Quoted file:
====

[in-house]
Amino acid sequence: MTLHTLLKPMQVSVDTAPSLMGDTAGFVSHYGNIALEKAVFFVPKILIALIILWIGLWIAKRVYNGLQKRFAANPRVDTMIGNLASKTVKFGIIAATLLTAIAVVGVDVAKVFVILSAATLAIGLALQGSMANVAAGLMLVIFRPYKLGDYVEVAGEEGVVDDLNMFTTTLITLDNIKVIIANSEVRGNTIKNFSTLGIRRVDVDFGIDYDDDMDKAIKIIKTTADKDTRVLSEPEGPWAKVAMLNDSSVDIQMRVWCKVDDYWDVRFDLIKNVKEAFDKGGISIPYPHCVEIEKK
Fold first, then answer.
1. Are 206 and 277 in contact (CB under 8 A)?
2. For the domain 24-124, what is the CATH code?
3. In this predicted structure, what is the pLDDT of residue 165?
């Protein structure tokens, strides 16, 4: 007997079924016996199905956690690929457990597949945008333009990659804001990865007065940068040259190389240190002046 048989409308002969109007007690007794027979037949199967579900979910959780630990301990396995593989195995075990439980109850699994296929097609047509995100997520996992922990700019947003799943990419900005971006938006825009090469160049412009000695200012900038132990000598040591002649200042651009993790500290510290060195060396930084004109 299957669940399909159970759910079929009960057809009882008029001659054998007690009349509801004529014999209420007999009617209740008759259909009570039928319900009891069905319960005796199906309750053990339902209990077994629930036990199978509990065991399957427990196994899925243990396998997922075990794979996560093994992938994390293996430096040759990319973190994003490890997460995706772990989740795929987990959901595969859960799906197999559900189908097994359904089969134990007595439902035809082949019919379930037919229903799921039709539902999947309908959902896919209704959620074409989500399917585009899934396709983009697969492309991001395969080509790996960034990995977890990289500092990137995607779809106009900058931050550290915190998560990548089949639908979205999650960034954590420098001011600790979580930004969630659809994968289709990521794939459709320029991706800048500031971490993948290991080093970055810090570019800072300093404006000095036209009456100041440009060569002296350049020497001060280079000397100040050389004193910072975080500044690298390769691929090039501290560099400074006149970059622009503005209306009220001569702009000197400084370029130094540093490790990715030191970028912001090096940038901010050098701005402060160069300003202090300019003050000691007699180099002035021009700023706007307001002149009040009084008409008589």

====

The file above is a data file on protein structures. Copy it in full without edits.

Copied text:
[in-house]
Amino acid sequence: MTLHTLLKPMQVSVDTAPSLMGDTAGFVSHYGNIALEKAVFFVPKILIALIILWIGLWIAKRVYNGLQKRFAANPRVDTMIGNLASKTVKFGIIAATLLTAIAVVGVDVAKVFVILSAATLAIGLALQGSMANVAAGLMLVIFRPYKLGDYVEVAGEEGVVDDLNMFTTTLITLDNIKVIIANSEVRGNTIKNFSTLGIRRVDVDFGIDYDDDMDKAIKIIKTTADKDTRVLSEPEGPWAKVAMLNDSSVDIQMRVWCKVDDYWDVRFDLIKNVKEAFDKGGISIPYPHCVEIEKK
Fold first, then answer.
1. Are 206 and 277 in contact (CB under 8 A)?
2. For the domain 24-124, what is the CATH code?
3. In this predicted structure, what is the pLDDT of residue 165?
């Protein structure tokens, strides 16, 4: 007997079924016996199905956690690929457990597949945008333009990659804001990865007065940068040259190389240190002046 048989409308002969109007007690007794027979037949199967579900979910959780630990301990396995593989195995075990439980109850699994296929097609047509995100997520996992922990700019947003799943990419900005971006938006825009090469160049412009000695200012900038132990000598040591002649200042651009993790500290510290060195060396930084004109 299957669940399909159970759910079929009960057809009882008029001659054998007690009349509801004529014999209420007999009617209740008759259909009570039928319900009891069905319960005796199906309750053990339902209990077994629930036990199978509990065991399957427990196994899925243990396998997922075990794979996560093994992938994390293996430096040759990319973190994003490890997460995706772990989740795929987990959901595969859960799906197999559900189908097994359904089969134990007595439902035809082949019919379930037919229903799921039709539902999947309908959902896919209704959620074409989500399917585009899934396709983009697969492309991001395969080509790996960034990995977890990289500092990137995607779809106009900058931050550290915190998560990548089949639908979205999650960034954590420098001011600790979580930004969630659809994968289709990521794939459709320029991706800048500031971490993948290991080093970055810090570019800072300093404006000095036209009456100041440009060569002296350049020497001060280079000397100040050389004193910072975080500044690298390769691929090039501290560099400074006149970059622009503005209306009220001569702009000197400084370029130094540093490790990715030191970028912001090096940038901010050098701005402060160069300003202090300019003050000691007699180099002035021009700023706007307001002149009040009084008409008589």